This blog entry is part of a guest writing series for the Pranakriya School of Healing Arts. You can see the original post here.
Recently my 1 year-old daughter caught a stomach bug. After 48 hours of warm baths, cuddling, and pacifying, I caught my reflection while reading to her. The woman I saw had her spine rounded forward, low back unsupported, and shoulders scrunched up. Honestly, my first thought was “Wow, a yoga teacher should really have better posture.” My second thought was much kinder: “That’s the shape of a body taking care of a child. I’m grateful I can make that shape.”
The next day, I practiced yoga while she napped. I got reacquainted with my body, breathing and moving awareness back into it. I was reminded that every experience makes an imprint on us. Shoulders tired with the weight of holding a child, legs stiff from sitting to read to her, and my left side cinched up from popping out a hip to rest her on as I move around the house. I come by all of these things honestly. They are a direct mirror of what I have been pouring my energy into.
Sometimes in a yoga asana practice, this compassion for where our bodies have been can get lost in an effort to make progress, to “balance out” the sides of our bodies, and feel good. I’m guilty of trying to get my left side to act like my right side and wondering “what’s wrong with me?” when they continue to be very different.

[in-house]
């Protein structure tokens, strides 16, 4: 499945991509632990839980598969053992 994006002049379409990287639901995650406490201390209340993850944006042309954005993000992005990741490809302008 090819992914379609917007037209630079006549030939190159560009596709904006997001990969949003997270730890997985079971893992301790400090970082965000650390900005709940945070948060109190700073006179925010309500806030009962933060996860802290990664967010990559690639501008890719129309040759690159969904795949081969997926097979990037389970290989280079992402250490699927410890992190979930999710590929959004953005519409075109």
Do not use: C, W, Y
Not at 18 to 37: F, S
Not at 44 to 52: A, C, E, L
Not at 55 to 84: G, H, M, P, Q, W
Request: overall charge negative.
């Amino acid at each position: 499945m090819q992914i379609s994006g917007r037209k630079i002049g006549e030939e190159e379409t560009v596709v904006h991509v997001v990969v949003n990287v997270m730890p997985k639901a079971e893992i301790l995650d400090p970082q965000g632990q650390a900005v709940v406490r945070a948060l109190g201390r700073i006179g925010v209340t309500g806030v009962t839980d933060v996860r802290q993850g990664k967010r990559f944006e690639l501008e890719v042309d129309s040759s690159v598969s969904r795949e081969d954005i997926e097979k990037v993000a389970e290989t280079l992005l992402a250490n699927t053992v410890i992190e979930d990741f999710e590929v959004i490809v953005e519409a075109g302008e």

Yes, yoga has tools that can give bodies and minds more ease and those are worthy goals. But to wish these things away, or to only see an end goal of being completely free of them, is to miss the bigger picture. There are yogic models stating that none of these labels we apply to ourselves or stuff that we experience is really who we are. They are just the dust that sticks to us as we walk down a country road (to paraphrase Yoganand Michael Carroll).
We practice yoga to come back to our True Selves. As householders though, we will always be balancing finding our True Selves with the demands of the world we live in. It’s a constant dance, a never ending push and pull. Because of this, it’s important to find compassion for every ache, pain, and stiffness (in both body and mind).
Most likely they are the result of well-intentioned living, of pouring energy into the world around us. They will always be there in some form or another, just as the wholeness we seek in yoga will always be there. And each of our discomforts are worthy of a kind nod before we let them go because, without them, the bliss we can find in Yoga would not feel so very sweet in comparison.